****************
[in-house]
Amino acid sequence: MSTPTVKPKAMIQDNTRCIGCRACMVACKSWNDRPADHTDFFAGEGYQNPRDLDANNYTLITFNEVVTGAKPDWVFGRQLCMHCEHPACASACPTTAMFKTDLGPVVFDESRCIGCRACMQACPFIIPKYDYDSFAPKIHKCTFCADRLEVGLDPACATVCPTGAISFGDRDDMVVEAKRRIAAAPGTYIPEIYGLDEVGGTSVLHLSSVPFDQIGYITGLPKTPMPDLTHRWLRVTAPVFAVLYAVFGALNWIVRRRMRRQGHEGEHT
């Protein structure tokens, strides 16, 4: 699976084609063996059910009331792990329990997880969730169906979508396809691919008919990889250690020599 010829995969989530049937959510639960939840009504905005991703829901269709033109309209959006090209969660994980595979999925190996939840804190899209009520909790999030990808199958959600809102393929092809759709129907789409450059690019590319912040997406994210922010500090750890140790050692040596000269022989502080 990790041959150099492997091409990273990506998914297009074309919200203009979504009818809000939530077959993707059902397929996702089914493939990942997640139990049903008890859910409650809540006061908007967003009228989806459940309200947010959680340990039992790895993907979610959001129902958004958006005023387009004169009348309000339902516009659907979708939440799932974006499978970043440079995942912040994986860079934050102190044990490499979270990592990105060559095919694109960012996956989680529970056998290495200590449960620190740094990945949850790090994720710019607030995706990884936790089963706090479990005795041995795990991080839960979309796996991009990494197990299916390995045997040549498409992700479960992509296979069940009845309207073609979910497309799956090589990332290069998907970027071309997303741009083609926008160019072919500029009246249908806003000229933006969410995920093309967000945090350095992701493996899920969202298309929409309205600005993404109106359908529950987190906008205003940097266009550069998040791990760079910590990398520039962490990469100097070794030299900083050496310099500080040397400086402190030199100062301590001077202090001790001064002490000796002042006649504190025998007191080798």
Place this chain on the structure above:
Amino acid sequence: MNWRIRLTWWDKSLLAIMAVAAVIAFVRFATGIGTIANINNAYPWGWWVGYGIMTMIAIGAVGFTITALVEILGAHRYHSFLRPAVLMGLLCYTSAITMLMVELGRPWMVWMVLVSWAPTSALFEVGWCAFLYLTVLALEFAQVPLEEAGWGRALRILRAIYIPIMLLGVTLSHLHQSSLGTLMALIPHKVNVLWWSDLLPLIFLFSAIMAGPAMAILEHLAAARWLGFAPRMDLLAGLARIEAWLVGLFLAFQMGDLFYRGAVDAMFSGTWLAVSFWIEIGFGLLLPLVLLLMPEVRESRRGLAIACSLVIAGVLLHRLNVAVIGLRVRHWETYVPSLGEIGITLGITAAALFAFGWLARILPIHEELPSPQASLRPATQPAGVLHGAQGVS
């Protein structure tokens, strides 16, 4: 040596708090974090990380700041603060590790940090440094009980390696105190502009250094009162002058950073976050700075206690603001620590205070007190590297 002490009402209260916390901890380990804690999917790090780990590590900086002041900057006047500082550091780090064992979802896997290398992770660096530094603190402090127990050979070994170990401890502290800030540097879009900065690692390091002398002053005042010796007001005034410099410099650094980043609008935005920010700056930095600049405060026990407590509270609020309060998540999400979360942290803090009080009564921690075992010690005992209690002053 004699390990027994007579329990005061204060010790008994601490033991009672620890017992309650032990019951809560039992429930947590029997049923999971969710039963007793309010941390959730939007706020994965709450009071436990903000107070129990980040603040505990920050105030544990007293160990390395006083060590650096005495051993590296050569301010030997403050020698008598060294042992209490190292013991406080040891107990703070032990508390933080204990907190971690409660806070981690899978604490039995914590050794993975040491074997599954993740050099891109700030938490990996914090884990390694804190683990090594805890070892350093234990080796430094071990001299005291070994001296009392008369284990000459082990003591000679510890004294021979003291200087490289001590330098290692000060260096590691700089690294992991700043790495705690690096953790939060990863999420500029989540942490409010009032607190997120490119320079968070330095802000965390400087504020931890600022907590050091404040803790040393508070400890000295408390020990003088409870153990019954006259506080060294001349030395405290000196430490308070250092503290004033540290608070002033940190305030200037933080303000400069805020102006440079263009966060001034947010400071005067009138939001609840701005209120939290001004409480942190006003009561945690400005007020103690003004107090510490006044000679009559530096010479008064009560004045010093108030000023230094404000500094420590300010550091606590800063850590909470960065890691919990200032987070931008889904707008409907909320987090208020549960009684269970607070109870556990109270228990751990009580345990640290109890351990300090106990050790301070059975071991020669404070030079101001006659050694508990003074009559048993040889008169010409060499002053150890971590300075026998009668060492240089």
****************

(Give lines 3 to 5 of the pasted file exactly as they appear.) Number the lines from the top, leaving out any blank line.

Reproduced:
């Protein structure tokens, strides 16, 4: 699976084609063996059910009331792990329990997880969730169906979508396809691919008919990889250690020599 010829995969989530049937959510639960939840009504905005991703829901269709033109309209959006090209969660994980595979999925190996939840804190899209009520909790999030990808199958959600809102393929092809759709129907789409450059690019590319912040997406994210922010500090750890140790050692040596000269022989502080 990790041959150099492997091409990273990506998914297009074309919200203009979504009818809000939530077959993707059902397929996702089914493939990942997640139990049903008890859910409650809540006061908007967003009228989806459940309200947010959680340990039992790895993907979610959001129902958004958006005023387009004169009348309000339902516009659907979708939440799932974006499978970043440079995942912040994986860079934050102190044990490499979270990592990105060559095919694109960012996956989680529970056998290495200590449960620190740094990945949850790090994720710019607030995706990884936790089963706090479990005795041995795990991080839960979309796996991009990494197990299916390995045997040549498409992700479960992509296979069940009845309207073609979910497309799956090589990332290069998907970027071309997303741009083609926008160019072919500029009246249908806003000229933006969410995920093309967000945090350095992701493996899920969202298309929409309205600005993404109106359908529950987190906008205003940097266009550069998040791990760079910590990398520039962490990469100097070794030299900083050496310099500080040397400086402190030199100062301590001077202090001790001064002490000796002042006649504190025998007191080798």
Place this chain on the structure above:
Amino acid sequence: MNWRIRLTWWDKSLLAIMAVAAVIAFVRFATGIGTIANINNAYPWGWWVGYGIMTMIAIGAVGFTITALVEILGAHRYHSFLRPAVLMGLLCYTSAITMLMVELGRPWMVWMVLVSWAPTSALFEVGWCAFLYLTVLALEFAQVPLEEAGWGRALRILRAIYIPIMLLGVTLSHLHQSSLGTLMALIPHKVNVLWWSDLLPLIFLFSAIMAGPAMAILEHLAAARWLGFAPRMDLLAGLARIEAWLVGLFLAFQMGDLFYRGAVDAMFSGTWLAVSFWIEIGFGLLLPLVLLLMPEVRESRRGLAIACSLVIAGVLLHRLNVAVIGLRVRHWETYVPSLGEIGITLGITAAALFAFGWLARILPIHEELPSPQASLRPATQPAGVLHGAQGVS